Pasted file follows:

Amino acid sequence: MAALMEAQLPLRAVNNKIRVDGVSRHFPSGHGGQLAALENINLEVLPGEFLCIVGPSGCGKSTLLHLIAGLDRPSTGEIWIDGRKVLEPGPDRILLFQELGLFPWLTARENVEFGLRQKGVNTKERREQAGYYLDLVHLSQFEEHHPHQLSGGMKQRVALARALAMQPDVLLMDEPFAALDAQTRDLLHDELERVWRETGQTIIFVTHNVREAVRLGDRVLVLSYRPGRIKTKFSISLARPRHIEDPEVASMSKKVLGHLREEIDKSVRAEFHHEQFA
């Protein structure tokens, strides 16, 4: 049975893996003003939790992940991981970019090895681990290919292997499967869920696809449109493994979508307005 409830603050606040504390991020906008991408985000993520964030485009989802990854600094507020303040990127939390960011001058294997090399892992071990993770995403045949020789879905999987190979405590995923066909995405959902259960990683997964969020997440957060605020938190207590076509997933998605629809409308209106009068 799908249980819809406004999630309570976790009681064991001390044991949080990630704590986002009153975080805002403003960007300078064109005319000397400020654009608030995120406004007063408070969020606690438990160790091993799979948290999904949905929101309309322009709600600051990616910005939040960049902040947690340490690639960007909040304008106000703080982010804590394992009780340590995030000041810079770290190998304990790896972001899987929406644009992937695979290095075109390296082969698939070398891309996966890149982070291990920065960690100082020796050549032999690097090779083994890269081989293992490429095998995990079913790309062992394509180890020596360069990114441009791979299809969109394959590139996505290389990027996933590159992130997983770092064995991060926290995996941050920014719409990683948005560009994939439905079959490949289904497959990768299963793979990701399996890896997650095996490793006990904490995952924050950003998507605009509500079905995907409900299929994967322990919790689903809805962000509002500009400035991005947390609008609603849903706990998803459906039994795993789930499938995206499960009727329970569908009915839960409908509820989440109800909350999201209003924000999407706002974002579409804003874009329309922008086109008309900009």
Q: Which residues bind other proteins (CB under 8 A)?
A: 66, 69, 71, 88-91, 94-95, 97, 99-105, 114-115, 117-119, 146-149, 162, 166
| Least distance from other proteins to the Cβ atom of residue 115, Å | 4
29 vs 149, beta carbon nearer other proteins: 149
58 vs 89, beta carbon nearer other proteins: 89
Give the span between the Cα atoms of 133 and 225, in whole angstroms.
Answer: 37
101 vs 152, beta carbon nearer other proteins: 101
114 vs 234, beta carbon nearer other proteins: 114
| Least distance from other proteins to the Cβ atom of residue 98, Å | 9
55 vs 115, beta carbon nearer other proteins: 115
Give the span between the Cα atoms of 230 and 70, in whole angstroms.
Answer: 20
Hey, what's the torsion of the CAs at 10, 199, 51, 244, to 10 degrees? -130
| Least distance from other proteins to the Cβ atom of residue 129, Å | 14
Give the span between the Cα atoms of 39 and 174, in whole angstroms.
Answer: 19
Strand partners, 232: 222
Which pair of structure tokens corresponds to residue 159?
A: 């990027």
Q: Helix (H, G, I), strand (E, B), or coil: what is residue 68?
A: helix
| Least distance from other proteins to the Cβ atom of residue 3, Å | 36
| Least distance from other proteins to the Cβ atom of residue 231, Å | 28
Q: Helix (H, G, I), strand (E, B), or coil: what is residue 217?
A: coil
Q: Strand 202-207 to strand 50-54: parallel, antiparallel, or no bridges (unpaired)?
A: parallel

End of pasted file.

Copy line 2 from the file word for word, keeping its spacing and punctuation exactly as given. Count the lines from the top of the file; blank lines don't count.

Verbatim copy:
């Protein structure tokens, strides 16, 4: 049975893996003003939790992940991981970019090895681990290919292997499967869920696809449109493994979508307005 409830603050606040504390991020906008991408985000993520964030485009989802990854600094507020303040990127939390960011001058294997090399892992071990993770995403045949020789879905999987190979405590995923066909995405959902259960990683997964969020997440957060605020938190207590076509997933998605629809409308209106009068 799908249980819809406004999630309570976790009681064991001390044991949080990630704590986002009153975080805002403003960007300078064109005319000397400020654009608030995120406004007063408070969020606690438990160790091993799979948290999904949905929101309309322009709600600051990616910005939040960049902040947690340490690639960007909040304008106000703080982010804590394992009780340590995030000041810079770290190998304990790896972001899987929406644009992937695979290095075109390296082969698939070398891309996966890149982070291990920065960690100082020796050549032999690097090779083994890269081989293992490429095998995990079913790309062992394509180890020596360069990114441009791979299809969109394959590139996505290389990027996933590159992130997983770092064995991060926290995996941050920014719409990683948005560009994939439905079959490949289904497959990768299963793979990701399996890896997650095996490793006990904490995952924050950003998507605009509500079905995907409900299929994967322990919790689903809805962000509002500009400035991005947390609008609603849903706990998803459906039994795993789930499938995206499960009727329970569908009915839960409908509820989440109800909350999201209003924000999407706002974002579409804003874009329309922008086109008309900009």